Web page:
It would be true to say there’s not much plot development after that. The film becomes one big action set piece after another and, within half an hour, Jovovich is the only one of both her team and the original team she was looking for, left alive... and only because Tony Jaa has tried to help out on occasion. When the two leads finally meet, after she manages to escape from a load of quite vicious giant spiders, everything gets a bit Hell In The Pacific meets Shelob for a while as the two, who don’t speak each other’s language, work through their issues with the tried and true movie clichés of violence and mistrust followed by, eventual, mutual respect.
And there’s also a double climax to the movie... one set in the other world and then one set in ours... both of which involve some large, ‘almost but not quite unkillable’ giant dragons and Ron Perlman, whose character can speak English due to a twist in what little of the plot there is, as he brings his team in to help out in our world after another dragon crosses over.
Okay...so the film is nice to look at, has some great actors, some not bad special effects and is quite pacey but, alas, that last thing is also the big problem with the film, for me at least. There’s no let up. The first half an hour is quite relentless, driven and harrowing, as Jovovich’s team all die big, monstery deaths but, it just carries on and on. There’s no real calm before the next storm... even the scenes where Jaa and Jovovich meet up for the first time are full of sequences where they are continuously brawling for way too long. This film, in my opinion, makes the one big mistake that a lot of modern action picture directors tend to make and that is... falling into the trap of giving the characters no real downtime before they face the next peril... thus giving no contrast within the tone of the scenes and, by the end of the film, it all seems just a little bit dull. Indeed, even the double climax seems like something of a let down because there’s no real build up to it... just conflict after conflict with the only really nice moments involving a cat... which I won’t spoil for you here but, make sure you stick around for an extra scene mid way through the end credits. I actually think that, in the case of this movie, it might have been more effective if the director had made it a little longer and put more pauses in the film to help liven up the action scenes. As it is... yeah, it feels like a ‘pretty good’ kind of movie rather than a truly great one, to be honest.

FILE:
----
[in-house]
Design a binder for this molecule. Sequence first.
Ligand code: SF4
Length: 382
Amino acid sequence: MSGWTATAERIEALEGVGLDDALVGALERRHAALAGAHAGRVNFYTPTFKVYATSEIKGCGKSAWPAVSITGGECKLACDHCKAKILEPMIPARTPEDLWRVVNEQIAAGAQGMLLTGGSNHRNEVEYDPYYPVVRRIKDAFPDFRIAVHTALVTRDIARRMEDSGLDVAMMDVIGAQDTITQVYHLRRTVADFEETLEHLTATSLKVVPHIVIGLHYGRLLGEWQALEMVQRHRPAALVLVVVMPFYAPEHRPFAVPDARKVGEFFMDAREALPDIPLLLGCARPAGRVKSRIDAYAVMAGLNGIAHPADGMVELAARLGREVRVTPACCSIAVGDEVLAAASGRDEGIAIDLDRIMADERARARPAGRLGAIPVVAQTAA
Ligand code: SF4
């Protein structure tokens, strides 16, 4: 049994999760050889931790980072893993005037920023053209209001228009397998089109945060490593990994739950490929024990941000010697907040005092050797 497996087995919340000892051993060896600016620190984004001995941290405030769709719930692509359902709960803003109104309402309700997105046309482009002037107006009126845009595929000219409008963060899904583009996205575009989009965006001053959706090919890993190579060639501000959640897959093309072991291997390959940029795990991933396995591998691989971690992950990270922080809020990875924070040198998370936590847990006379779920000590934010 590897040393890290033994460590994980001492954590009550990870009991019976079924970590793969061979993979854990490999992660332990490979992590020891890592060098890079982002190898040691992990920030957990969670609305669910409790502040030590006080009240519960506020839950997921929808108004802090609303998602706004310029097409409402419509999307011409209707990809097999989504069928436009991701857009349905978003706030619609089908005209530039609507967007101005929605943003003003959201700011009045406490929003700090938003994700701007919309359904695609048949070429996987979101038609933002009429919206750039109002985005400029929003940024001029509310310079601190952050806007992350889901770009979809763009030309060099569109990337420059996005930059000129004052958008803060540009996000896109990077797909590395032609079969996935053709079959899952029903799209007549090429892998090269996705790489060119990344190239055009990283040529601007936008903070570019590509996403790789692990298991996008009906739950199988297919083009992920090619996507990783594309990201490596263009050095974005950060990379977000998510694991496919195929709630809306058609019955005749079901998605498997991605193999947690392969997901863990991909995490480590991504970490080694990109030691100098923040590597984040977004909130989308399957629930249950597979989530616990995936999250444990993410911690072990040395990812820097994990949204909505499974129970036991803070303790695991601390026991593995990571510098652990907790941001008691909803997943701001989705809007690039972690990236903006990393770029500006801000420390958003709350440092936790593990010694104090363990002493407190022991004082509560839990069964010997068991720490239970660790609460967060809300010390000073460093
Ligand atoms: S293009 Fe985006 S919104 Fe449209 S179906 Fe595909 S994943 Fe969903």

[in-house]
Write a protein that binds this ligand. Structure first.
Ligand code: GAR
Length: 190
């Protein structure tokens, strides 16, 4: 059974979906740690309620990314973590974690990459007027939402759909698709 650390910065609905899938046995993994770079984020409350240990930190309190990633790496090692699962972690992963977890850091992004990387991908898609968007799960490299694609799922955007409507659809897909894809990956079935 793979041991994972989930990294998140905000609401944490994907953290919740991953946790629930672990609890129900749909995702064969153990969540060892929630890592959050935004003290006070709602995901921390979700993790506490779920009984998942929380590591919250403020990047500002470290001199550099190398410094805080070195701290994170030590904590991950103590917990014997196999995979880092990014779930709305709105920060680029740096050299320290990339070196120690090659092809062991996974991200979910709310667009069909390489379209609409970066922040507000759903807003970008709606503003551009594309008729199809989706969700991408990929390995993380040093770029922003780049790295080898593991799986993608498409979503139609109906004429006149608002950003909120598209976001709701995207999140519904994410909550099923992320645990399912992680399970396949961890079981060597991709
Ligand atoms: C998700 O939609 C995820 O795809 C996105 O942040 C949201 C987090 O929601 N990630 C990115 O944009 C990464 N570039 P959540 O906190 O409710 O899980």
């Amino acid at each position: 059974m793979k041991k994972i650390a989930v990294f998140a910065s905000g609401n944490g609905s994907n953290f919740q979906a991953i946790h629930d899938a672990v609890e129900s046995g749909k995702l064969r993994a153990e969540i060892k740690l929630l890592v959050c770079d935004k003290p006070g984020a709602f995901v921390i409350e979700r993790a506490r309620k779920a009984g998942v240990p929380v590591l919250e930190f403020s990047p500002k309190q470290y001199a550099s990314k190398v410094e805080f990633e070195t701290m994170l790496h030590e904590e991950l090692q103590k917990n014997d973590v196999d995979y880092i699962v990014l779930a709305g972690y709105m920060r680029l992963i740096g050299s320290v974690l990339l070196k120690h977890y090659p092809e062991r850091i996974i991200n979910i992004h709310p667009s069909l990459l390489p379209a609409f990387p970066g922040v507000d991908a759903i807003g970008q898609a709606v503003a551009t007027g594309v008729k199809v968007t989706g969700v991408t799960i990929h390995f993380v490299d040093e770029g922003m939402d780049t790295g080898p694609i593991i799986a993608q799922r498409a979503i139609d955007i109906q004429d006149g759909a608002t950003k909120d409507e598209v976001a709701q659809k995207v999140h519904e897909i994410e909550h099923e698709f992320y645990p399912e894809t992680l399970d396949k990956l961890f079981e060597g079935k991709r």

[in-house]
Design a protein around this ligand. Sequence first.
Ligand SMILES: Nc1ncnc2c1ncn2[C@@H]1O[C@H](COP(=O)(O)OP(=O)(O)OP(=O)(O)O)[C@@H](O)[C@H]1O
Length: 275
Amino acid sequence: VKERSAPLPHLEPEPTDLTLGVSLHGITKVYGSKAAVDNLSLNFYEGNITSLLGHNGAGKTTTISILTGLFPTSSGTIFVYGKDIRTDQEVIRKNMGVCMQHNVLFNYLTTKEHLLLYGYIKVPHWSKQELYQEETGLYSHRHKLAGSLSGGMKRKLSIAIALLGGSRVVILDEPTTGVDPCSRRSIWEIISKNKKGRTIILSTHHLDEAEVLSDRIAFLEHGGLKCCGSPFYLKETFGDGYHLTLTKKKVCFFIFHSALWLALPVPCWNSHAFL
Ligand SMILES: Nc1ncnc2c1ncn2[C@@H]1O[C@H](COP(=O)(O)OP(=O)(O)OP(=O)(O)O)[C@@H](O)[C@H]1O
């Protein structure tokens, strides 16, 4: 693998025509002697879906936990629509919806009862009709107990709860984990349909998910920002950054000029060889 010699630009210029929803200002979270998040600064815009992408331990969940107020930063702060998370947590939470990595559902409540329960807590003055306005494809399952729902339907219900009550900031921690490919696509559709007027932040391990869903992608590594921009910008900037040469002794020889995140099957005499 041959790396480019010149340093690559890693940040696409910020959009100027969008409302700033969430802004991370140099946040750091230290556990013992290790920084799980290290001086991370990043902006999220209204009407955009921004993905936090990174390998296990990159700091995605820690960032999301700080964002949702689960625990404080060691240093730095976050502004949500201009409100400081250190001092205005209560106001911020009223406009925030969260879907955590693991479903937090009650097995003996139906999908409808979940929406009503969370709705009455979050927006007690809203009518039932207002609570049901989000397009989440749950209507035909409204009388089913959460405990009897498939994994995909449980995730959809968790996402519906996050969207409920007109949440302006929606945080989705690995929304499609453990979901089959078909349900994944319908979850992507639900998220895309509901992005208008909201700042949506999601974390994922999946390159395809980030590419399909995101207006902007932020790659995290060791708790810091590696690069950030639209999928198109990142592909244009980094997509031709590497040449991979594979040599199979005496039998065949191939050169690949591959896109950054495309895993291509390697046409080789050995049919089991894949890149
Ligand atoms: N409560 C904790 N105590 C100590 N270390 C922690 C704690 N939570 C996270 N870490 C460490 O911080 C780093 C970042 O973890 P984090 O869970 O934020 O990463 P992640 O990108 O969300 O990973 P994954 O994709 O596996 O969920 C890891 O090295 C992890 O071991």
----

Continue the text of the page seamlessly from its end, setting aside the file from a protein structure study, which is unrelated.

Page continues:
Even so, I think people who are into big monster movies will still find a lot to like in Monster Hunter and, like I said... the cat, man. We need to see more of the cat! I’d be quite happy if some more of these were made because, like I said, the director is a bit hit and miss and I’m sure he could make some decent follow ups which surpassed the original, if given half the chance. I might grab this one on blu ray once it goes into the sales and, I guess I’m still relatively happy that I waited to see it on the big screen. Hopefully there will be more to follow.
Monday, 21 June 2021
Gates Of Meow